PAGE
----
Date: Jun 16, 2014 Source: Company Data (
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The U.S. Small Business Administration (SBA) presented 25 high-tech small businesses with the Tibbetts award, and Mainstream Engineering Corporation was one of the two Florida companies to win. In fact, Mainstream is in the rather unique position of having won this award twice; initially in 1997 and now again in 2014. According to the company President and Founder, Dr. Robert P. Scaringe, "Mainstream does not exist for the narrow purpose of making a profit, but rather to create and develop technology and product innovations which benefit mankind. Mainstream exists to provide a meaningful contribution by performing the best research and engineering in the world, as such, we are once again honored to have been selected for the Tibbetts award."
The Tibbetts Award, given by SBA, honors outstanding small businesses who participate in the SBA's Small Business Innovation Research (SBIR) and Small Business Technology Transfer (STTR) programs. "It is the innovative entrepreneurs and high growth small businesses like our award recipients and Hall of Fame inductees who help power our economy and move it forward by creating new jobs and making our industries globally competitive," said Maria Contreras-Sweet, SBA Administrator. "Their accomplishments remind us all of how integral the success of high growth small businesses are to making our country more globally competitive."
Mainstream has been at the forefront of thermal control and energy conversion technology development since 1986. Their philosophy is to use the government funded SBIR research dollars to solve problems for the government, and then spin-off the technology advancements into products for the commercial sector. Among other products, Mainstream has a complete line of air conditioning and refrigeration products, referred to as QwikProducts (www.qwik.com). All Mainstream products are made in the USA.
Mainstream also actively seeks out local universities for joint collaborations. Three excellent examples are:
The development of the world's first commercial Electron-Beam Manufacturing facility. This facility is the result of a cooperative partnership initiated by Mainstream and including NASA, Office of Naval Research, Space Florida, CareerSource Brevard, Space Coast Economic Development Council, and Florida Institute of Technology. It will provide a unique world-class additive manufacturing facility that can be used by local business and universities.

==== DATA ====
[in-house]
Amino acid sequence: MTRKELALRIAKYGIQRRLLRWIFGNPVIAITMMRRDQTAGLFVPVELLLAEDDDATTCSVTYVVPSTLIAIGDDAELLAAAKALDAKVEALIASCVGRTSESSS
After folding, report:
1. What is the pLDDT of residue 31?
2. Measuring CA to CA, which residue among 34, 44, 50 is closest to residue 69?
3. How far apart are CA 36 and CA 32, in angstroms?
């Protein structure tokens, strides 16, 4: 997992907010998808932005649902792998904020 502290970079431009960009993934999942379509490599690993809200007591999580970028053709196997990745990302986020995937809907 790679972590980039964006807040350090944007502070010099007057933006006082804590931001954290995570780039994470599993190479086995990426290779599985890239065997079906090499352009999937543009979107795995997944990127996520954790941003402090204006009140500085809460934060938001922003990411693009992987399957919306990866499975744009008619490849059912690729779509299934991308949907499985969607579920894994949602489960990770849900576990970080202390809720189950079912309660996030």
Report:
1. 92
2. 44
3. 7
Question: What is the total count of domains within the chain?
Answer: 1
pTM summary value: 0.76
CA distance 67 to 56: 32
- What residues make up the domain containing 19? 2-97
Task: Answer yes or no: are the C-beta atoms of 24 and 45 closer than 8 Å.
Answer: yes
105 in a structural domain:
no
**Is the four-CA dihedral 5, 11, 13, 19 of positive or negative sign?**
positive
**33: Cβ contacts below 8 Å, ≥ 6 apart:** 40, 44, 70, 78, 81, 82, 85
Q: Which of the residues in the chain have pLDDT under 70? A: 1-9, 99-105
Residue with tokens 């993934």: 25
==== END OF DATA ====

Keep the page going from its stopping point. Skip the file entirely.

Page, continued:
Key support in the development of the automotive engineering program at Florida Institute of Technology (FIT). To supplement FIT's new automotive program, Mainstream has not only donated equipment, it has provided access to their engine test facilities for use by FIT faculty and students.
Key support in the development of the Nano Technology and Science program at FIT. To nurture this new program, Mainstream has provided their Nano fabrication and analysis facilities for use by FIT faculty and students.
Starting with only one employee in 1986, Mainstream has grown to more than 100 employees. It has also created the spin-off, Rivian Automotive, which has also had substantial growth and profitability. Additional spin-off companies are now being developed in the biomass conversion and energy conversion areas. Mainstream Biomass is being developed to use Mainstream's patent-pending fast pyrolysis technology to create a portable self-contained tractor-trailer unit, that can be driven to any location where trash or waste is available and convert 10 tons per day of waste material directly into number 6 fuel oil. This oil can be sold directly for use in the shipping industry and at fuel-fired power plants. Mainstream is also exploring the spin-off of an engine manufacturing company to pursue diesel and diesel-electric hybrid applications for their highly advanced AMD engine.
The Tibbetts Awards are presented to companies and individuals from all over the United States who are beacons of promise and models of excellence in high technology. Tibbetts award winners are selected based on the economic impact of their technological innovation, and on whether they have met federal research and development needs, encouraged diverse participation in technological innovation, and increased the commercialization of federal research.